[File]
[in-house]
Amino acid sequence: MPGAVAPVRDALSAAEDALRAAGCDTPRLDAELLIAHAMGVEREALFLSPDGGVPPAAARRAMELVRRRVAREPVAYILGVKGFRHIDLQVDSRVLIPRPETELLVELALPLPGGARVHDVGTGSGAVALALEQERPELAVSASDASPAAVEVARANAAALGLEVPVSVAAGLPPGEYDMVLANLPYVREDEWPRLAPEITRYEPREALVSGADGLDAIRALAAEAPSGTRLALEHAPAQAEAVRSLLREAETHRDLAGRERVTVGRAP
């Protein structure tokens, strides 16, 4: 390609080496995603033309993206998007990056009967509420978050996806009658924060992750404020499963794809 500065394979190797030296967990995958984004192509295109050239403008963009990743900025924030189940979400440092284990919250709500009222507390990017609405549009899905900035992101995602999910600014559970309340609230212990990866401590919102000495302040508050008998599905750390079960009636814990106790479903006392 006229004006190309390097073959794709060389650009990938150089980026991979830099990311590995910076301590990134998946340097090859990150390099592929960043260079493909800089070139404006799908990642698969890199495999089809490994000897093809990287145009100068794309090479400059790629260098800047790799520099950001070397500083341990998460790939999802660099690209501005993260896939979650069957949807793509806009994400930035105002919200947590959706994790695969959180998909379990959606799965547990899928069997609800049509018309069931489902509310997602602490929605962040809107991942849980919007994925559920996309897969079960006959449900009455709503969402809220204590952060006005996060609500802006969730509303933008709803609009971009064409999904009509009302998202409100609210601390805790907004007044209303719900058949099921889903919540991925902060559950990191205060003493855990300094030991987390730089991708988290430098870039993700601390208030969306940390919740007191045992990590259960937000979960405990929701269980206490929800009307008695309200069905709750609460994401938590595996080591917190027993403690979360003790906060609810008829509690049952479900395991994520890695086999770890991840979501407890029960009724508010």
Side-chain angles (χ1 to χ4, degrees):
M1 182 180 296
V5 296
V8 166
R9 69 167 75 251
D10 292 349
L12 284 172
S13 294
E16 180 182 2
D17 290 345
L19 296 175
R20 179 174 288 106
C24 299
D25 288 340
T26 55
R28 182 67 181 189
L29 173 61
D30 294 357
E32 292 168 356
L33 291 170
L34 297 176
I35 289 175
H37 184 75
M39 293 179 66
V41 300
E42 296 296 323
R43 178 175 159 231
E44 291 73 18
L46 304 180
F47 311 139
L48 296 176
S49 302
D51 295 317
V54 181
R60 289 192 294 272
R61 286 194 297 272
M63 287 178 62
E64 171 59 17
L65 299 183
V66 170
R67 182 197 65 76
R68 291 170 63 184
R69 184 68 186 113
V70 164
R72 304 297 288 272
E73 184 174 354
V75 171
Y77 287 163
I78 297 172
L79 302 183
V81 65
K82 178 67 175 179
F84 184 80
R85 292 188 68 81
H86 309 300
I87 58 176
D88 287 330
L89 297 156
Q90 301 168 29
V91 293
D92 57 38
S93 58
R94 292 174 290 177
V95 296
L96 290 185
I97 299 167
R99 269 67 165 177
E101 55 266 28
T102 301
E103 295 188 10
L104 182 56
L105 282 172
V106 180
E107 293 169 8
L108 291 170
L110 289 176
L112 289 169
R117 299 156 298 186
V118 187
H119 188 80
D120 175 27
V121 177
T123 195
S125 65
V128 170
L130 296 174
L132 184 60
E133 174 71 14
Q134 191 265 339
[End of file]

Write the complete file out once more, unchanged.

[in-house]
Amino acid sequence: MPGAVAPVRDALSAAEDALRAAGCDTPRLDAELLIAHAMGVEREALFLSPDGGVPPAAARRAMELVRRRVAREPVAYILGVKGFRHIDLQVDSRVLIPRPETELLVELALPLPGGARVHDVGTGSGAVALALEQERPELAVSASDASPAAVEVARANAAALGLEVPVSVAAGLPPGEYDMVLANLPYVREDEWPRLAPEITRYEPREALVSGADGLDAIRALAAEAPSGTRLALEHAPAQAEAVRSLLREAETHRDLAGRERVTVGRAP
């Protein structure tokens, strides 16, 4: 390609080496995603033309993206998007990056009967509420978050996806009658924060992750404020499963794809 500065394979190797030296967990995958984004192509295109050239403008963009990743900025924030189940979400440092284990919250709500009222507390990017609405549009899905900035992101995602999910600014559970309340609230212990990866401590919102000495302040508050008998599905750390079960009636814990106790479903006392 006229004006190309390097073959794709060389650009990938150089980026991979830099990311590995910076301590990134998946340097090859990150390099592929960043260079493909800089070139404006799908990642698969890199495999089809490994000897093809990287145009100068794309090479400059790629260098800047790799520099950001070397500083341990998460790939999802660099690209501005993260896939979650069957949807793509806009994400930035105002919200947590959706994790695969959180998909379990959606799965547990899928069997609800049509018309069931489902509310997602602490929605962040809107991942849980919007994925559920996309897969079960006959449900009455709503969402809220204590952060006005996060609500802006969730509303933008709803609009971009064409999904009509009302998202409100609210601390805790907004007044209303719900058949099921889903919540991925902060559950990191205060003493855990300094030991987390730089991708988290430098870039993700601390208030969306940390919740007191045992990590259960937000979960405990929701269980206490929800009307008695309200069905709750609460994401938590595996080591917190027993403690979360003790906060609810008829509690049952479900395991994520890695086999770890991840979501407890029960009724508010």
Side-chain angles (χ1 to χ4, degrees):
M1 182 180 296
V5 296
V8 166
R9 69 167 75 251
D10 292 349
L12 284 172
S13 294
E16 180 182 2
D17 290 345
L19 296 175
R20 179 174 288 106
C24 299
D25 288 340
T26 55
R28 182 67 181 189
L29 173 61
D30 294 357
E32 292 168 356
L33 291 170
L34 297 176
I35 289 175
H37 184 75
M39 293 179 66
V41 300
E42 296 296 323
R43 178 175 159 231
E44 291 73 18
L46 304 180
F47 311 139
L48 296 176
S49 302
D51 295 317
V54 181
R60 289 192 294 272
R61 286 194 297 272
M63 287 178 62
E64 171 59 17
L65 299 183
V66 170
R67 182 197 65 76
R68 291 170 63 184
R69 184 68 186 113
V70 164
R72 304 297 288 272
E73 184 174 354
V75 171
Y77 287 163
I78 297 172
L79 302 183
V81 65
K82 178 67 175 179
F84 184 80
R85 292 188 68 81
H86 309 300
I87 58 176
D88 287 330
L89 297 156
Q90 301 168 29
V91 293
D92 57 38
S93 58
R94 292 174 290 177
V95 296
L96 290 185
I97 299 167
R99 269 67 165 177
E101 55 266 28
T102 301
E103 295 188 10
L104 182 56
L105 282 172
V106 180
E107 293 169 8
L108 291 170
L110 289 176
L112 289 169
R117 299 156 298 186
V118 187
H119 188 80
D120 175 27
V121 177
T123 195
S125 65
V128 170
L130 296 174
L132 184 60
E133 174 71 14
Q134 191 265 339